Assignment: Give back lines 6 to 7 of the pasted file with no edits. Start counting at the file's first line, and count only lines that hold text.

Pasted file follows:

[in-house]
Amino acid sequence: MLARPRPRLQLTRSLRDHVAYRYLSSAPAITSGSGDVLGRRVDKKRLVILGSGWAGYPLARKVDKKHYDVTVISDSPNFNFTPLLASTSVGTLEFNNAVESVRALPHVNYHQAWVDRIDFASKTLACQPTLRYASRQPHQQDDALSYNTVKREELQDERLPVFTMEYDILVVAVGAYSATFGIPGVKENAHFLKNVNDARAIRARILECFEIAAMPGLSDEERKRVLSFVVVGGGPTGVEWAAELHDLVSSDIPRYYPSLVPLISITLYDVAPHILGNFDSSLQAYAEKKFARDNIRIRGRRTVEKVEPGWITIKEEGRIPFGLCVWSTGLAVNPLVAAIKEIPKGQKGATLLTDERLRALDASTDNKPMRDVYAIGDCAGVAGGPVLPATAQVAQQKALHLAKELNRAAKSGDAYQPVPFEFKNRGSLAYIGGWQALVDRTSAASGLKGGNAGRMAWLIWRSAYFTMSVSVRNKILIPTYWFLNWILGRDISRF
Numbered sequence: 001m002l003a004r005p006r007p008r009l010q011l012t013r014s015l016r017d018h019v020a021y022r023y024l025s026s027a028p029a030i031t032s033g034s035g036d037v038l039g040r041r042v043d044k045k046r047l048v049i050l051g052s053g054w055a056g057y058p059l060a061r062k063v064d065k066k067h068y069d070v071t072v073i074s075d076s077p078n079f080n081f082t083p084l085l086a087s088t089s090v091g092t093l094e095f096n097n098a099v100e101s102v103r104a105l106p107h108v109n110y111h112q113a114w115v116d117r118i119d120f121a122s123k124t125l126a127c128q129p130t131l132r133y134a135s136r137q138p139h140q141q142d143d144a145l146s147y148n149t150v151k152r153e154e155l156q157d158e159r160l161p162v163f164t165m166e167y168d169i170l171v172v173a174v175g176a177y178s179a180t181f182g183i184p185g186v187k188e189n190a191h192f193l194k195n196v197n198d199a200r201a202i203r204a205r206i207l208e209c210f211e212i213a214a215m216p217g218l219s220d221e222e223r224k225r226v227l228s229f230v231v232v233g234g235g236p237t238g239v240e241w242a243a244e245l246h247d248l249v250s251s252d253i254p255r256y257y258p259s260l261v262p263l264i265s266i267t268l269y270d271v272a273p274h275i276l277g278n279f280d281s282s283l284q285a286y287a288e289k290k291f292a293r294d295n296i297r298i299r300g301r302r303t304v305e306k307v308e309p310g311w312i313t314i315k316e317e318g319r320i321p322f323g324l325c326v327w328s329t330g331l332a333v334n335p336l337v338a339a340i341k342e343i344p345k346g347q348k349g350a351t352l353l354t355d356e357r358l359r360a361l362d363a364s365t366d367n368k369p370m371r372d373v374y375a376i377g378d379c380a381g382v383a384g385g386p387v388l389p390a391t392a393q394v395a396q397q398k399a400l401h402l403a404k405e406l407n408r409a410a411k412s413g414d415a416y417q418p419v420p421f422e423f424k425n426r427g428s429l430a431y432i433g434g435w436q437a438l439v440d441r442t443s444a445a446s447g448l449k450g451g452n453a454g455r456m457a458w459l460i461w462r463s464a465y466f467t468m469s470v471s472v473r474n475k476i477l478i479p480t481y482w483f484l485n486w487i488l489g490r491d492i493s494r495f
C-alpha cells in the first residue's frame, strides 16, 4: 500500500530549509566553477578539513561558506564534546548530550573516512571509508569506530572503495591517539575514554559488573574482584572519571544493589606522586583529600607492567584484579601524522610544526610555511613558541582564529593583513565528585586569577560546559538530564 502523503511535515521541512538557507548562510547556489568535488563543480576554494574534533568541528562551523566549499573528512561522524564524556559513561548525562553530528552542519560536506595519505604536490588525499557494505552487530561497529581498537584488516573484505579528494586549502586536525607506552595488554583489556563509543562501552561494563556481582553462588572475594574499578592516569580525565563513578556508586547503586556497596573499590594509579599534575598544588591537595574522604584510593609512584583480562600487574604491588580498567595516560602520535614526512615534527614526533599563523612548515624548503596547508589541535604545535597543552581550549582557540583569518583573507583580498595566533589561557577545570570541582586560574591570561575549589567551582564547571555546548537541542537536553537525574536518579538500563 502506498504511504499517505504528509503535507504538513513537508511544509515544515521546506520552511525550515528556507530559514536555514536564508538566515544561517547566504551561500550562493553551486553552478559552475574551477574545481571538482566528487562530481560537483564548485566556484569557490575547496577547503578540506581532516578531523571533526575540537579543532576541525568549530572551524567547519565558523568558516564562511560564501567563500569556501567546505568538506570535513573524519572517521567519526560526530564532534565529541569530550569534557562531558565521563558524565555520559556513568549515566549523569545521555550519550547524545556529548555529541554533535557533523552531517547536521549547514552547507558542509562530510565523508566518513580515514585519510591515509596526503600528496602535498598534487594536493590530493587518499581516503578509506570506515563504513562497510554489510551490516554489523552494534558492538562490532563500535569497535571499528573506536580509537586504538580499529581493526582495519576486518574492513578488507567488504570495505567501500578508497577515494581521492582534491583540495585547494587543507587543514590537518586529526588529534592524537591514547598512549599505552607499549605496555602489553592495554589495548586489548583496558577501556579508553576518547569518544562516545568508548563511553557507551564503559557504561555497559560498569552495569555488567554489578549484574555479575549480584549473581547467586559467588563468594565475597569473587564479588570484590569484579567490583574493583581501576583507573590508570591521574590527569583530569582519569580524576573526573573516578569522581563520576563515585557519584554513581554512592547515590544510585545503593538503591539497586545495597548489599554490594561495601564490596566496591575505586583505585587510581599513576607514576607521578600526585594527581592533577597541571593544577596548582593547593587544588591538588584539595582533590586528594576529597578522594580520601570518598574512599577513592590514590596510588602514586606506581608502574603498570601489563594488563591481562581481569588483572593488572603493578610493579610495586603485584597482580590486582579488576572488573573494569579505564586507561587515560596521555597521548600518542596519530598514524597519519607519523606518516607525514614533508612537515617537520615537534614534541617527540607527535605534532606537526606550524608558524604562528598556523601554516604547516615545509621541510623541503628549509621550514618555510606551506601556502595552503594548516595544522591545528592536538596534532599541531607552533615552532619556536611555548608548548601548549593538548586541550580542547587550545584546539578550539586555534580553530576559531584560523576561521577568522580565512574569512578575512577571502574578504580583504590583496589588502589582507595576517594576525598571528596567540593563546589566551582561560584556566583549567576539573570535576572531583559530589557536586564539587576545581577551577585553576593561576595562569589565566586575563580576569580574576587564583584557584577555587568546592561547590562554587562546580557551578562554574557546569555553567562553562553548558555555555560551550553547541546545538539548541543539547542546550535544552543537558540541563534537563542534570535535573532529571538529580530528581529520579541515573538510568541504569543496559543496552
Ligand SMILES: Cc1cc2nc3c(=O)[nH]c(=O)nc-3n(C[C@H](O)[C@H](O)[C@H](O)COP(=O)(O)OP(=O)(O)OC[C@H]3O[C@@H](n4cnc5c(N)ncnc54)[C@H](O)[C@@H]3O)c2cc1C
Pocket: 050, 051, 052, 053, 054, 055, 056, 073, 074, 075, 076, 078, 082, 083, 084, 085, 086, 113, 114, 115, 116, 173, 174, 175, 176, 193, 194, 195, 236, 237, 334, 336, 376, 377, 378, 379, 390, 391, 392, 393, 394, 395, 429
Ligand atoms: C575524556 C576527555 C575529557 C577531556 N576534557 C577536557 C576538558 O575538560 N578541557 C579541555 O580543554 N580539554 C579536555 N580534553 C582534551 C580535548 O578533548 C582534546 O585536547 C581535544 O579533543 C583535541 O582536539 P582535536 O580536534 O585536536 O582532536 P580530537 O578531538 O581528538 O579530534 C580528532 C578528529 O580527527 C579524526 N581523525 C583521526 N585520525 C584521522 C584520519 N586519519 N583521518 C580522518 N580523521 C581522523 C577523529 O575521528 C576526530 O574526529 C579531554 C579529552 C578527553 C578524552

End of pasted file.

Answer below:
Pocket: 050, 051, 052, 053, 054, 055, 056, 073, 074, 075, 076, 078, 082, 083, 084, 085, 086, 113, 114, 115, 116, 173, 174, 175, 176, 193, 194, 195, 236, 237, 334, 336, 376, 377, 378, 379, 390, 391, 392, 393, 394, 395, 429
Ligand atoms: C575524556 C576527555 C575529557 C577531556 N576534557 C577536557 C576538558 O575538560 N578541557 C579541555 O580543554 N580539554 C579536555 N580534553 C582534551 C580535548 O578533548 C582534546 O585536547 C581535544 O579533543 C583535541 O582536539 P582535536 O580536534 O585536536 O582532536 P580530537 O578531538 O581528538 O579530534 C580528532 C578528529 O580527527 C579524526 N581523525 C583521526 N585520525 C584521522 C584520519 N586519519 N583521518 C580522518 N580523521 C581522523 C577523529 O575521528 C576526530 O574526529 C579531554 C579529552 C578527553 C578524552